Essays on Present DiscontentsBook - 2016
"Opinions about America have taken a decisive turn in the early part of the 21st century. Some 70% of Americans believe that the country is moving in the wrong direction, and half the country thinks that its best days are behind it. Most believe that their children will be less prosperous and have fewer opportunities than previous generations. Evident to all is that the political system is broken and social fabric is fraying, particularly as a growing gap between wealthy haves and left-behind have-nots increases, a hostile divide widens between faithful and secular, and deep disagreement persists over America's role in the world. Wealthy Americans continue to build gated enclaves in and around select cities where they congregate, while growing numbers of Christians compare our times to those of the late Roman empire, and ponder a fundamental withdrawal from wider American society into updated forms of Benedictine monastic communities. The signs of the times suggest that much is wrong with America. This collection of thematic essays by Notre Dame political theorist and public intellectual Patrick Deneen addresses the questions, is there something worth conserving in America, and if so, is America capable of conservation? Can a nation founded in a revolutionary moment that led to the founding of the first liberal nation be thought capable of sustaining and passing on virtues and practices that ennoble? Or is America inherently a nation that idolizes the new over the old, license over ordered liberty, and hedonism over self-rule? Can America conserve what is worth keeping for it to remain--or even become--a Republic?"-- Provided by publisher.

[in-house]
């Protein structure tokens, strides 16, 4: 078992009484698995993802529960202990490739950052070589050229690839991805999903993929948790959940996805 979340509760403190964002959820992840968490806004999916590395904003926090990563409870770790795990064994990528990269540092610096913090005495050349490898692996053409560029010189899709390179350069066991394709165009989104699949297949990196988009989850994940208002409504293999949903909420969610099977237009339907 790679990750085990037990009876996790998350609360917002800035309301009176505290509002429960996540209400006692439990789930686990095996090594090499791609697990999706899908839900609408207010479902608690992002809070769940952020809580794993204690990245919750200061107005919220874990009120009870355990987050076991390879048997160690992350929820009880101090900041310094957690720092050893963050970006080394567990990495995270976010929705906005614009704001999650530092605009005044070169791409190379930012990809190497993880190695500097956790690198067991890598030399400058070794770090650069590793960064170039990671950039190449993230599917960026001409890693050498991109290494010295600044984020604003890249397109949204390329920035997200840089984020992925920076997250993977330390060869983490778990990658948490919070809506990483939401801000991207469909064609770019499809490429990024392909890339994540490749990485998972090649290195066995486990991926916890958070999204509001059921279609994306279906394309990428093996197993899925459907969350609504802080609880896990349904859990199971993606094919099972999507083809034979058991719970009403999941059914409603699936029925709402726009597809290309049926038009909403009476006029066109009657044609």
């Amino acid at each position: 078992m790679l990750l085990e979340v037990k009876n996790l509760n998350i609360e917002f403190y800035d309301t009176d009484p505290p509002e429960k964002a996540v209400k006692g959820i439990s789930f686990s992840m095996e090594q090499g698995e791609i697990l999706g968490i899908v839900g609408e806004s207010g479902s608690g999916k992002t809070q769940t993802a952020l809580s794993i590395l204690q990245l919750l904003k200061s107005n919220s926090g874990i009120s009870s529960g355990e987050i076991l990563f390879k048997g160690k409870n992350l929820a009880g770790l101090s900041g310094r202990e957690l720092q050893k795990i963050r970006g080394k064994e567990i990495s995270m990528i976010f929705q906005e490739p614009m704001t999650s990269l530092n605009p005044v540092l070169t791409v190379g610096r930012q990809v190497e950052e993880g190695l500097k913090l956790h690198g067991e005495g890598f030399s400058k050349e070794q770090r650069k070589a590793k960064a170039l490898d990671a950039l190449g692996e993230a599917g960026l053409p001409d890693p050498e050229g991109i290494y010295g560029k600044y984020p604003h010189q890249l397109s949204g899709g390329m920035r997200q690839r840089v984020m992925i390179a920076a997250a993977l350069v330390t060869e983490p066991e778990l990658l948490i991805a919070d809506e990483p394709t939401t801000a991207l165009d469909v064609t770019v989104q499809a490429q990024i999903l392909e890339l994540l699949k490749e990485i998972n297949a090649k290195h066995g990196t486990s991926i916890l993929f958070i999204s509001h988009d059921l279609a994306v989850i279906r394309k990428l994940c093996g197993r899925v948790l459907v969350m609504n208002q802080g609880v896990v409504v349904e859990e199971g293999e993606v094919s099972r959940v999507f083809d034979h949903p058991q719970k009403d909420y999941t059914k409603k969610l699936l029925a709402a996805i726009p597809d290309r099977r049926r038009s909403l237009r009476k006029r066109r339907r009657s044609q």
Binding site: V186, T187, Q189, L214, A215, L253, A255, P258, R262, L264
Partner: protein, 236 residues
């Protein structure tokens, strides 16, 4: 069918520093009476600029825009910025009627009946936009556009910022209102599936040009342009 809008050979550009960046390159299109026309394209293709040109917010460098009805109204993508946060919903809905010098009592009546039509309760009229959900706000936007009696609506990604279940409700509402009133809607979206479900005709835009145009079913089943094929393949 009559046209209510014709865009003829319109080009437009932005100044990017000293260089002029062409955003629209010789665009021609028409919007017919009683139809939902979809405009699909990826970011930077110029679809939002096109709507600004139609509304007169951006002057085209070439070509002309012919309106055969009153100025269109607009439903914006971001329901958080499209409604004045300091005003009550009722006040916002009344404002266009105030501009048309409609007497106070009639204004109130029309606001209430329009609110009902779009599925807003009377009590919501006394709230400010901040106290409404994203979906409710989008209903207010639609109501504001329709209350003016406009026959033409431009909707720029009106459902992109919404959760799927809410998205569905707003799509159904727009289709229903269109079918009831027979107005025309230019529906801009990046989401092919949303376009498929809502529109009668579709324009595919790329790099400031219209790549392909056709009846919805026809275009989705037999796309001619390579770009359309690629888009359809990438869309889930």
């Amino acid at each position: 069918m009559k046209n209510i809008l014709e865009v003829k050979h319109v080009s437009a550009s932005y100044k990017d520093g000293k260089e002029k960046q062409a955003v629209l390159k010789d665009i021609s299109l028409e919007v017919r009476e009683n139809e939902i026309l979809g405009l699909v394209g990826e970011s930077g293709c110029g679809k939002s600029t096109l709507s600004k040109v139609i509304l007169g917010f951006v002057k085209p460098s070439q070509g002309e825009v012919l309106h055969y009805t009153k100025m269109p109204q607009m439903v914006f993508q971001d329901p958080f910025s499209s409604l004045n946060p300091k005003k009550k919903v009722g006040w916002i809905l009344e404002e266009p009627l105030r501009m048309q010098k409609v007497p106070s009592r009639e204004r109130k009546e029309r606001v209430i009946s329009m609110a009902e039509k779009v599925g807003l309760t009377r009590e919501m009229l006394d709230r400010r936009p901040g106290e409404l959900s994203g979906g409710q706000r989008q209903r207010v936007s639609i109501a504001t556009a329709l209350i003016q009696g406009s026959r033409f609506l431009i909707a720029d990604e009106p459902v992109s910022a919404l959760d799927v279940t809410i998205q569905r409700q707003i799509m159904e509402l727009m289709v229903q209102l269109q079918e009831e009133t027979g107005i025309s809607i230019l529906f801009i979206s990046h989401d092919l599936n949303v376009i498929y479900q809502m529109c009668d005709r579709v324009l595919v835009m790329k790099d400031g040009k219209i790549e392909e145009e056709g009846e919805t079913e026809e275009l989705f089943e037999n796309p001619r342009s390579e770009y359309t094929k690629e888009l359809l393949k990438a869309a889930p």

Publisher: South Bend, Indiana : St. Augustines Press, 
Characteristics: 213 pages ; 23 cm.